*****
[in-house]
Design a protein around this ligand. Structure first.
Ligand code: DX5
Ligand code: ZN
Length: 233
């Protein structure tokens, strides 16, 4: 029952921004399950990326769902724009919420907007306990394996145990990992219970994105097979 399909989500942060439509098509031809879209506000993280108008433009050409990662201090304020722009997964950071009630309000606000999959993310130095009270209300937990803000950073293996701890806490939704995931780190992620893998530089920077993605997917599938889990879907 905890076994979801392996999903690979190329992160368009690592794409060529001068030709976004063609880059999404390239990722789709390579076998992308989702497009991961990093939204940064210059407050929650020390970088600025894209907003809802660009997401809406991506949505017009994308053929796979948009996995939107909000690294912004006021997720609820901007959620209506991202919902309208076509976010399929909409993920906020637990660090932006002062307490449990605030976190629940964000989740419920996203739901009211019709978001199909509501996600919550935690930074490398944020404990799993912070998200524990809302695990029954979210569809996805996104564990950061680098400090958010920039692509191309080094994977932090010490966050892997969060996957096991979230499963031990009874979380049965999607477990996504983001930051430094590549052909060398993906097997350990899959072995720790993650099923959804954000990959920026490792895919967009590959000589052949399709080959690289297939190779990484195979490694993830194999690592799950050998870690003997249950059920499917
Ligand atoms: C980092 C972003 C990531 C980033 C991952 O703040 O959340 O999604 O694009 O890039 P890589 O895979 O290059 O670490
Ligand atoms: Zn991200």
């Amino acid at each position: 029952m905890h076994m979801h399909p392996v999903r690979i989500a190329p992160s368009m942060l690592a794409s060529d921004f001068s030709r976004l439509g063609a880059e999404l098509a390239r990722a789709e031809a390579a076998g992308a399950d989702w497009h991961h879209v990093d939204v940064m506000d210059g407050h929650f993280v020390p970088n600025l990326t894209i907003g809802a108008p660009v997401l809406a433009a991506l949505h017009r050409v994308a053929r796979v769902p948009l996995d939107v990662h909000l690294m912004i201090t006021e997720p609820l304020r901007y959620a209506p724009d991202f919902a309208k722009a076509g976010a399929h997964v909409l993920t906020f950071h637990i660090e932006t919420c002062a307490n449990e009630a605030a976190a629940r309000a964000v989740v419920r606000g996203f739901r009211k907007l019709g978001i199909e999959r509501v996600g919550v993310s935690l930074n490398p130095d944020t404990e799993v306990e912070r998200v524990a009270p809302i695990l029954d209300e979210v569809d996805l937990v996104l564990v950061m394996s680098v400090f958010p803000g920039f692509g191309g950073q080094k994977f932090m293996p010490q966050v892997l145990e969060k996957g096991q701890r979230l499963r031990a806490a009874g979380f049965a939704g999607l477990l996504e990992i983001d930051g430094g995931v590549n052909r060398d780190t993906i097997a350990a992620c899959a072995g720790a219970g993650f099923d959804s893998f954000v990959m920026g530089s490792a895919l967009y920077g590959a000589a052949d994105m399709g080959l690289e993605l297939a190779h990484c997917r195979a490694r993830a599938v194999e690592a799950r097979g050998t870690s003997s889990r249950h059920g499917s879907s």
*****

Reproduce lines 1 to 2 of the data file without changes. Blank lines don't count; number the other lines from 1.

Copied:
[in-house]
Design a protein around this ligand. Structure first.